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Pennsylvania Dutch History

Granddad Walter carrying Alan and Cousin Cay.  Grandma Ida holds cousin Patty.  Grandma Showalter's Pennsylvania Dutch Recipes from AlansKitchen.comThe Pennsylvania Dutch are the descendants of Germanic peoples who emigrated to the U.S. (primarily to Pennsylvania), from Southwestern Germany and Switzerland. The origin of the word 'Dutch' is a "folk-rendering" of the Pennsylvania Dutch's own self-designation Deitsch.

There is also some speculation among scholars that "Dutch" is actually an archaic term that was used to refer to all people of Germanic descent, and that is the term that stuck in the English-speaking community.  It corresponds to German Deutsch and the Netherlands' "Diets," meaning 'of the common people' as opposed to the learned lords and clerics who had mastered Latin.  The Pennsylvania Dutch come mostly from what is now Germany rather than the Netherlands. Logically, their language too is ultimately a derivative of Palatinate German, not Dutch.

Pennsylvania Dutch are a people of various religious affiliations, most of them Lutheran or Reformed, but many Anabaptists, non-Christian, and non-religious as well.  They live primarily in Southeastern and South Central Pennsylvania in the area stretching in an arc from Bethlehem and Allentown through Reading, Lebanon, and Lancaster to York and Chambersburg.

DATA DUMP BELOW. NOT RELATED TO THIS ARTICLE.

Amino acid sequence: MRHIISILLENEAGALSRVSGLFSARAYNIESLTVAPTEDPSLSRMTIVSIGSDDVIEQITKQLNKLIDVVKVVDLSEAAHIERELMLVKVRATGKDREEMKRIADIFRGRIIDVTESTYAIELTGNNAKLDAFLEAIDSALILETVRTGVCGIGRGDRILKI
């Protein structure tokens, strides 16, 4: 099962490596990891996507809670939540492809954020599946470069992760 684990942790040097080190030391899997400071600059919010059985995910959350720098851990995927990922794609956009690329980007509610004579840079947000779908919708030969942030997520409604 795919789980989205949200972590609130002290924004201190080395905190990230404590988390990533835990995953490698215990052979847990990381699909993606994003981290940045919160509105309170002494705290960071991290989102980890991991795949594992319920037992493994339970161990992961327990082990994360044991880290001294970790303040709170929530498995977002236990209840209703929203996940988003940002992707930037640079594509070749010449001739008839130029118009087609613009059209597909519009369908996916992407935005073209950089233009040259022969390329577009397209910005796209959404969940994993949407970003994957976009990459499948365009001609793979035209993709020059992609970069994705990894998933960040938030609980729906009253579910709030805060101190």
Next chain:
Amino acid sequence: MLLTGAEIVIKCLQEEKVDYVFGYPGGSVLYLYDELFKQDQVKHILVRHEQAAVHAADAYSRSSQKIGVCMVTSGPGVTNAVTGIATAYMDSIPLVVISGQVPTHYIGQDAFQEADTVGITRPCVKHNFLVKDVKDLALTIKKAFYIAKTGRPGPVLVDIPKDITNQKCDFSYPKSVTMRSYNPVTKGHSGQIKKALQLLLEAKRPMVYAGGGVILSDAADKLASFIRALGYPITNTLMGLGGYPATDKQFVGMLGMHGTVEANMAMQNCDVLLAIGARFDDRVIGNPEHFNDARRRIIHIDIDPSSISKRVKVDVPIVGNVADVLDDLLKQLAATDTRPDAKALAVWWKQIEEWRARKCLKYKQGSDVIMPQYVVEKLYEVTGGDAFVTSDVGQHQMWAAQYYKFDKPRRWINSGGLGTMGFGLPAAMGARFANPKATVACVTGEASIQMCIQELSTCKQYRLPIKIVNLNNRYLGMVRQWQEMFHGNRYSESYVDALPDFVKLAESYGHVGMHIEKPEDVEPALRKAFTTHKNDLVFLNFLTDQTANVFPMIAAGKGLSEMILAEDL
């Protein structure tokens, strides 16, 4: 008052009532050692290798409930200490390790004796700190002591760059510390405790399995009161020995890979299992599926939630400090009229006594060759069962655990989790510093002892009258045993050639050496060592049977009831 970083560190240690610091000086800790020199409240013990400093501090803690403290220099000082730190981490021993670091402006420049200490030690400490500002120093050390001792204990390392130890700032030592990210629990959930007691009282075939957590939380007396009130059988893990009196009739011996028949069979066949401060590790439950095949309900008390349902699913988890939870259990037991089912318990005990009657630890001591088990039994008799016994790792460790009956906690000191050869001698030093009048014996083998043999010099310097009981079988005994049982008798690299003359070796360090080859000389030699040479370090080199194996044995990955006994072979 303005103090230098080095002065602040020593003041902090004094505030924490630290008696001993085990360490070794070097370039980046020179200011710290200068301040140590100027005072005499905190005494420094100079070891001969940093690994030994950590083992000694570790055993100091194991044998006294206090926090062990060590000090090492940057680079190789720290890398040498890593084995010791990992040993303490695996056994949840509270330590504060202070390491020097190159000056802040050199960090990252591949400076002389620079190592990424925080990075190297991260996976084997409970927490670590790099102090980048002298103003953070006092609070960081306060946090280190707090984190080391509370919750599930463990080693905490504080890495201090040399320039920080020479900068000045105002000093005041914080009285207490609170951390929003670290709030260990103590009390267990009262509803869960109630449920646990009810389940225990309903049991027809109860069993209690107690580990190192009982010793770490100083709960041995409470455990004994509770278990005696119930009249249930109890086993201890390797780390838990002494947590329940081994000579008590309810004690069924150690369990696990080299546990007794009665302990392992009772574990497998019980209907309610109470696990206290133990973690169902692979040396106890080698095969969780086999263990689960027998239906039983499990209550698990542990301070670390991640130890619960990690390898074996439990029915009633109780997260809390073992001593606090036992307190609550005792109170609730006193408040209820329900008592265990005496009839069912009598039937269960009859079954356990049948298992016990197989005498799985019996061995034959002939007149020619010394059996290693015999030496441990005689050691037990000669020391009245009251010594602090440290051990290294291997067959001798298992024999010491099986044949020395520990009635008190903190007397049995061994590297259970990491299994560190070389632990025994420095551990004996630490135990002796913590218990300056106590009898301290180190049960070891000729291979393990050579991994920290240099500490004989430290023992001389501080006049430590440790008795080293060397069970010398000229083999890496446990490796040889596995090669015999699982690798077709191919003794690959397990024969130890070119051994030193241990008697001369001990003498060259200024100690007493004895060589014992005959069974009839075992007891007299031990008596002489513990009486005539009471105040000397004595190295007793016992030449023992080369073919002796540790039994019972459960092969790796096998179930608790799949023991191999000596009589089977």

They can also be found down throughout the Shenandoah Valley (the modern Interstate 81 corridor) in the adjacent states of Maryland, Virginia, West Virginia and North Carolina, and in the large Amish and Mennonite communities in Mifflin County, Pennsylvania, in Ohio north and south of Youngstown and in Indiana around Elkhart.  Their cultural traditions date back to the German immigrations to America in the 17th and 18th centuries.  Only then did German immigration from various parts the southern Rhineland, Palatinate, the southern part of Hesse, Baden, Alsace Switzerland, and Tyrol Austria gain momentum, and soon dominate the area.

More Pennsylvania Dutch

Marian exiles
Hans Herr
Old German Baptist Brethren
Rumspringa
Pennsylvania German language
Hiwwe wie Driwwe
German American
German Texan
Germany Valley, West Virginia
Helen Reimensnyder Martin
Anna Balmer Myers
Fraktur (Pennsylvania German folk art)
Kurrent handwriting

Related ethnic groups
Palatine German
Alsatian
Swiss German
Hessian
Württemberger
Huguenot

Religion
Lutheran
Reformed
Evangelical
Moravian
Church of the Brethren
Mennonite
Amish
Schwenkfelder
United Church of Christ
River Brethren
Yorker Brethren
Roman Catholic
Urglaawe

More Pennsylvania Dutch History

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